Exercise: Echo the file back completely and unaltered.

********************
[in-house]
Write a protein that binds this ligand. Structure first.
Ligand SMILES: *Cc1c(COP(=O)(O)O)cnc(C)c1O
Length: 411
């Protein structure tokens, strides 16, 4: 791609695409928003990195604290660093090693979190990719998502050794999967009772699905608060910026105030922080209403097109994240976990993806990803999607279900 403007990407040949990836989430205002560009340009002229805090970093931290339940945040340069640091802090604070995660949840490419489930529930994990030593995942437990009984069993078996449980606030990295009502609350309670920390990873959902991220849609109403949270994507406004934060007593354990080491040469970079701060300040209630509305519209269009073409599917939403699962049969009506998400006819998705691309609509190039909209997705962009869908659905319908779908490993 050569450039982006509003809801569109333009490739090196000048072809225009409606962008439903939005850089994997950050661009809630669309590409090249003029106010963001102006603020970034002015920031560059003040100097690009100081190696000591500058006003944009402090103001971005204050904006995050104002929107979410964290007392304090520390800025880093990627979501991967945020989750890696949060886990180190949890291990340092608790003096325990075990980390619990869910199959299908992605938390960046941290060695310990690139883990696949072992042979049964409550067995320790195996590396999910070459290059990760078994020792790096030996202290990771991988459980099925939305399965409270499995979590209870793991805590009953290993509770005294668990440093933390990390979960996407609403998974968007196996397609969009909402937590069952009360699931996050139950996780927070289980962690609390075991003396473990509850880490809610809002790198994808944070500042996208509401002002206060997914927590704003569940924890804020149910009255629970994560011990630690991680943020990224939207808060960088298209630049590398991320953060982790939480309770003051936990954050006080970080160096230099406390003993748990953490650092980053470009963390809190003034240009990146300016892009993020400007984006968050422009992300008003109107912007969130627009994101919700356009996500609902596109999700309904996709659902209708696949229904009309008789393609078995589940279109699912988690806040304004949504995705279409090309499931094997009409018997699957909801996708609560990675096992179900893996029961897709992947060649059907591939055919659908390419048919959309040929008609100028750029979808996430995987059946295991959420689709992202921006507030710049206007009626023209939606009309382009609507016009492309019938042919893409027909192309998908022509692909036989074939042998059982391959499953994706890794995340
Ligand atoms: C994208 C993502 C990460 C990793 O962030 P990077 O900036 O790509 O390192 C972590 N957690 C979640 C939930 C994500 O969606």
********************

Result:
[in-house]
Write a protein that binds this ligand. Structure first.
Ligand SMILES: *Cc1c(COP(=O)(O)O)cnc(C)c1O
Length: 411
């Protein structure tokens, strides 16, 4: 791609695409928003990195604290660093090693979190990719998502050794999967009772699905608060910026105030922080209403097109994240976990993806990803999607279900 403007990407040949990836989430205002560009340009002229805090970093931290339940945040340069640091802090604070995660949840490419489930529930994990030593995942437990009984069993078996449980606030990295009502609350309670920390990873959902991220849609109403949270994507406004934060007593354990080491040469970079701060300040209630509305519209269009073409599917939403699962049969009506998400006819998705691309609509190039909209997705962009869908659905319908779908490993 050569450039982006509003809801569109333009490739090196000048072809225009409606962008439903939005850089994997950050661009809630669309590409090249003029106010963001102006603020970034002015920031560059003040100097690009100081190696000591500058006003944009402090103001971005204050904006995050104002929107979410964290007392304090520390800025880093990627979501991967945020989750890696949060886990180190949890291990340092608790003096325990075990980390619990869910199959299908992605938390960046941290060695310990690139883990696949072992042979049964409550067995320790195996590396999910070459290059990760078994020792790096030996202290990771991988459980099925939305399965409270499995979590209870793991805590009953290993509770005294668990440093933390990390979960996407609403998974968007196996397609969009909402937590069952009360699931996050139950996780927070289980962690609390075991003396473990509850880490809610809002790198994808944070500042996208509401002002206060997914927590704003569940924890804020149910009255629970994560011990630690991680943020990224939207808060960088298209630049590398991320953060982790939480309770003051936990954050006080970080160096230099406390003993748990953490650092980053470009963390809190003034240009990146300016892009993020400007984006968050422009992300008003109107912007969130627009994101919700356009996500609902596109999700309904996709659902209708696949229904009309008789393609078995589940279109699912988690806040304004949504995705279409090309499931094997009409018997699957909801996708609560990675096992179900893996029961897709992947060649059907591939055919659908390419048919959309040929008609100028750029979808996430995987059946295991959420689709992202921006507030710049206007009626023209939606009309382009609507016009492309019938042919893409027909192309998908022509692909036989074939042998059982391959499953994706890794995340
Ligand atoms: C994208 C993502 C990460 C990793 O962030 P990077 O900036 O790509 O390192 C972590 N957690 C979640 C939930 C994500 O969606």